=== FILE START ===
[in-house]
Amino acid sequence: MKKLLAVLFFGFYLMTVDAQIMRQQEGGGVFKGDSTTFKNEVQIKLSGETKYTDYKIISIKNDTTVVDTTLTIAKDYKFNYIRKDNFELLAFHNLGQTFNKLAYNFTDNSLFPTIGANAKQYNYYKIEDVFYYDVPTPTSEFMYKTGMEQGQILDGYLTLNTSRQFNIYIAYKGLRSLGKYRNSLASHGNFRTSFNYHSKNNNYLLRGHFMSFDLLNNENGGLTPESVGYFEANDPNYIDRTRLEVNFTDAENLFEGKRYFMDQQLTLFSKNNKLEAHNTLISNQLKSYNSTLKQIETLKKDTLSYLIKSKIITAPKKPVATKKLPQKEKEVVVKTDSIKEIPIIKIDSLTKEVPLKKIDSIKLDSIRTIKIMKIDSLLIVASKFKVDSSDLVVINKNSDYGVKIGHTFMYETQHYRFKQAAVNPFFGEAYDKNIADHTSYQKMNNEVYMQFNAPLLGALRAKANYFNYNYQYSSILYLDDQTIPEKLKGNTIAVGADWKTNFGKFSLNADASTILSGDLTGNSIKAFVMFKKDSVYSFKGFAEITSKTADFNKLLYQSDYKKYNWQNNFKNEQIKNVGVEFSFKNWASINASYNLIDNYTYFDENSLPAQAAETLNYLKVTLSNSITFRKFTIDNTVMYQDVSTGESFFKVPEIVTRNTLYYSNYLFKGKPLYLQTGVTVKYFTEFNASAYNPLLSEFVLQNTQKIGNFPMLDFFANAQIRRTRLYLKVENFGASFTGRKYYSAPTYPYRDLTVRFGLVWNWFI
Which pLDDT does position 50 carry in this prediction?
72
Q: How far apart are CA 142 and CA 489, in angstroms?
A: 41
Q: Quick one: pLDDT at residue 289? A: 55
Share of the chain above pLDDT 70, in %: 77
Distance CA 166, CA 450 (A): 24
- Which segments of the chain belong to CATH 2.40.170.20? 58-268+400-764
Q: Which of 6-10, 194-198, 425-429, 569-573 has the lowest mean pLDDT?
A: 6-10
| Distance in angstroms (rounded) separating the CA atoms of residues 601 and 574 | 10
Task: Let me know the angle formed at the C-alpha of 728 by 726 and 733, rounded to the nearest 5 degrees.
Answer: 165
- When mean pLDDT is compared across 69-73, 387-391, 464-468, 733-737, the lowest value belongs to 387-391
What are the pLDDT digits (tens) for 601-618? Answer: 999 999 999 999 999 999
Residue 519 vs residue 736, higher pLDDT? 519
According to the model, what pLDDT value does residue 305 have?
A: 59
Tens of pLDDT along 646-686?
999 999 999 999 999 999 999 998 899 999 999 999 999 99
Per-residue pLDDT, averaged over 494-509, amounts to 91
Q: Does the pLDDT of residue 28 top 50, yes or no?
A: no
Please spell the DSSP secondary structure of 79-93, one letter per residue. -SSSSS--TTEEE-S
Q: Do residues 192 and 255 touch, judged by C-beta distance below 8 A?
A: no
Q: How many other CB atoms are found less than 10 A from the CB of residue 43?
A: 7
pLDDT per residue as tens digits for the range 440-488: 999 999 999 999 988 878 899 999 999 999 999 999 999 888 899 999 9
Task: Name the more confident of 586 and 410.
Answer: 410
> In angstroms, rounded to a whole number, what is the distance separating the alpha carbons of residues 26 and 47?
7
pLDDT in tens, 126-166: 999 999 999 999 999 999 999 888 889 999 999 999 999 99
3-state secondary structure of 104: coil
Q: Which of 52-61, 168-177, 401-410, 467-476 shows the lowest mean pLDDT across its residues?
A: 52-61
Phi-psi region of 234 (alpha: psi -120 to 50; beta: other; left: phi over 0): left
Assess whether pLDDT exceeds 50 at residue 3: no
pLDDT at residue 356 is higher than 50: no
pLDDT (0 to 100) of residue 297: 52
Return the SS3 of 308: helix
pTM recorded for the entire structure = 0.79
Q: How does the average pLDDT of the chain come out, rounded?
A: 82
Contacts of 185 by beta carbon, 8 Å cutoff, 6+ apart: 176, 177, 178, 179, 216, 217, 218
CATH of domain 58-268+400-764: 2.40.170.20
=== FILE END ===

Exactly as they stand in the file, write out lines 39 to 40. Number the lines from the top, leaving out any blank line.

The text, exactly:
A: 52-61
Phi-psi region of 234 (alpha: psi -120 to 50; beta: other; left: phi over 0): left